You don't want to do transplanting this time of year, they are semi-dormant right now and would not do well trying to regrow roots.
Name: Tim Stoehr
Canby, Oregon (Zone 8b)
Sempervivums Region: Pacific Northwest Vegetable Grower Cactus and Succulents Sedums Bee Lover
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tcstoehr
Nov 30, 2015 11:42 AM CST
Keeping them outside but out of the rain (under the eves) seems like quite a reasonable situation. These guys like being outside in the winter, although I don't know exactly how cold it gets where you are. I doubt it gets too cold for semps, as they are quite cold hardy. I would prefer to leave them outside keeping in mind that they are in pots that may freeze solid, in which case some protection would be advisable.
I am not optimistic about the top plant in the first picture. We can't tell from a picture but to my eye that plant looks like it is progressively rotting. I can see down at the lower left another leaf is slowly falling victim. It is not too unusual to lose a few like this. I had one do exactly the same thing on one side like that. When I finally pulled it up I could tell the core of the plant was fatally rotting. I suspect the same with your plant. If you want to take emergency measures, you can try what gg5 says. At that time you could feel around and see if you think the core of the plant is rotting, in which case it unfortunately has earned a one-way trip to the compost bin. I'm a bit harsher than most, when I see rot I want to see it gone ASAP. I'm sorry but "buh-bye", you're outta here. IMO, in the end it matters little. That pot of yours will still fill up and overflow with the three remaining plants. And these things multiply like crazy which requires getting rid of the offsets/chicks one way or the other. Semp growers are constantly disposing of excess offsets that are perfectly healthy, I have no problem getting rid of rotters.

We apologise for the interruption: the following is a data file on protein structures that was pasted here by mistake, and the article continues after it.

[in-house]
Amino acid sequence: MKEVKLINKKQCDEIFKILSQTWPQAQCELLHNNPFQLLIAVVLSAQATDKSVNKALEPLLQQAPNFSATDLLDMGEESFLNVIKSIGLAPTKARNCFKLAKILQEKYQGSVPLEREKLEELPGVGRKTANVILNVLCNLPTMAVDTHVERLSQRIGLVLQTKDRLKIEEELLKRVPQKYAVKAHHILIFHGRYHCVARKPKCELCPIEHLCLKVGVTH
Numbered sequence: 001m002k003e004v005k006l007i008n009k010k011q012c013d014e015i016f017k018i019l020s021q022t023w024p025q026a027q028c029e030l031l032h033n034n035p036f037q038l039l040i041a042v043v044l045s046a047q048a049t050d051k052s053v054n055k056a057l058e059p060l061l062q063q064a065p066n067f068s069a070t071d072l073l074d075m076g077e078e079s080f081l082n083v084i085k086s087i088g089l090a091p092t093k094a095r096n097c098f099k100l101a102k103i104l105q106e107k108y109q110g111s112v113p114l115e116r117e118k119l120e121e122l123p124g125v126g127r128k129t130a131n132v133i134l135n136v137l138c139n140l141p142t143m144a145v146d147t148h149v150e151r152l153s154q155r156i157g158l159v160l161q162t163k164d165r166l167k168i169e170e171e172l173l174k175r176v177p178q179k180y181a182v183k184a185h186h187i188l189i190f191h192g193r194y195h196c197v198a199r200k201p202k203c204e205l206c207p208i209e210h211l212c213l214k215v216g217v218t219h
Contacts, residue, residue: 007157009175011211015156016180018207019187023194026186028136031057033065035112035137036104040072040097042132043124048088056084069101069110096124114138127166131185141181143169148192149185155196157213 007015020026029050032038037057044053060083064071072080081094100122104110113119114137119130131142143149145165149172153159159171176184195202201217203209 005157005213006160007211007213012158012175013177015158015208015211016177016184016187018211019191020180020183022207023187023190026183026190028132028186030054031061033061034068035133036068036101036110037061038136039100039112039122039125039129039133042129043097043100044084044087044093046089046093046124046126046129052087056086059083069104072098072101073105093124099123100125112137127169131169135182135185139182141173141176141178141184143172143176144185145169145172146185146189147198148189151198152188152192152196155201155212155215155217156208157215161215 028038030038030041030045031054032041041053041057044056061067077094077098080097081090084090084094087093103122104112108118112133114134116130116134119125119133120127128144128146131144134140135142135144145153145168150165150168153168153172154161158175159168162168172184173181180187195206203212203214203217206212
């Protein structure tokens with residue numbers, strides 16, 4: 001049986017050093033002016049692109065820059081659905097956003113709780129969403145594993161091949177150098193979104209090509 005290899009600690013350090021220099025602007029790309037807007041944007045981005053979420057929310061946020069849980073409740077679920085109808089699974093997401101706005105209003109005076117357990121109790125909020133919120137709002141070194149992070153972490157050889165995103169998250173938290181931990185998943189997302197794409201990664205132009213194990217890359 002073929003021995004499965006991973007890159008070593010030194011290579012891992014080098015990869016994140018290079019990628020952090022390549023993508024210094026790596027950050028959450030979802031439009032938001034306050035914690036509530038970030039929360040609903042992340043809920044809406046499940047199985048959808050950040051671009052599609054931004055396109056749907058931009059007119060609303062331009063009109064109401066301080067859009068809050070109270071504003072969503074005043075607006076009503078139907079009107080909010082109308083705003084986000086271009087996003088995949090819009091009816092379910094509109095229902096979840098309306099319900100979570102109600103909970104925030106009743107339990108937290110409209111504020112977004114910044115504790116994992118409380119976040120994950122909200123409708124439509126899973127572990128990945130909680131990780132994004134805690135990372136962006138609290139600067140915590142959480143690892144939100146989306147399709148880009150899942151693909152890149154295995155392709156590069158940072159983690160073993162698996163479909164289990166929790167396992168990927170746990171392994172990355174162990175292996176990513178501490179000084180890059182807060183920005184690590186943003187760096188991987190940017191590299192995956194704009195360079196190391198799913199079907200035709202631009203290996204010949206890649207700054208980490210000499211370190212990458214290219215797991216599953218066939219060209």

The others look pretty good with the exception of the bottom one in the third picture. I has a little something going on that I can't judge from a picture. Maybe just some physical damage from transplanting. Keep an eye on it.
Name: Debra
Garland, TX (NE Dallas suburb) (Zone 8a)
Service dogs: Angels with paws.
Dragonflies Dog Lover I was one of the first 300 contributors to the plant database! Garden Photography Bee Lover Plays in the sandbox
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lovemyhouse
Nov 30, 2015 12:07 PM CST
Anna, rain has been crazy, hasn't it? I will be interested to know of this progression, particularly through the spring next year. If you can grow them, I can grow them. Whistling Hilarious!
If you don't ask, the answer is always 'no.'
Name: Donald
Eastland county, Texas (Zone 8a)
Region: Texas Enjoys or suffers hot summers Raises cows Plant Identifier
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needrain
Nov 30, 2015 12:40 PM CST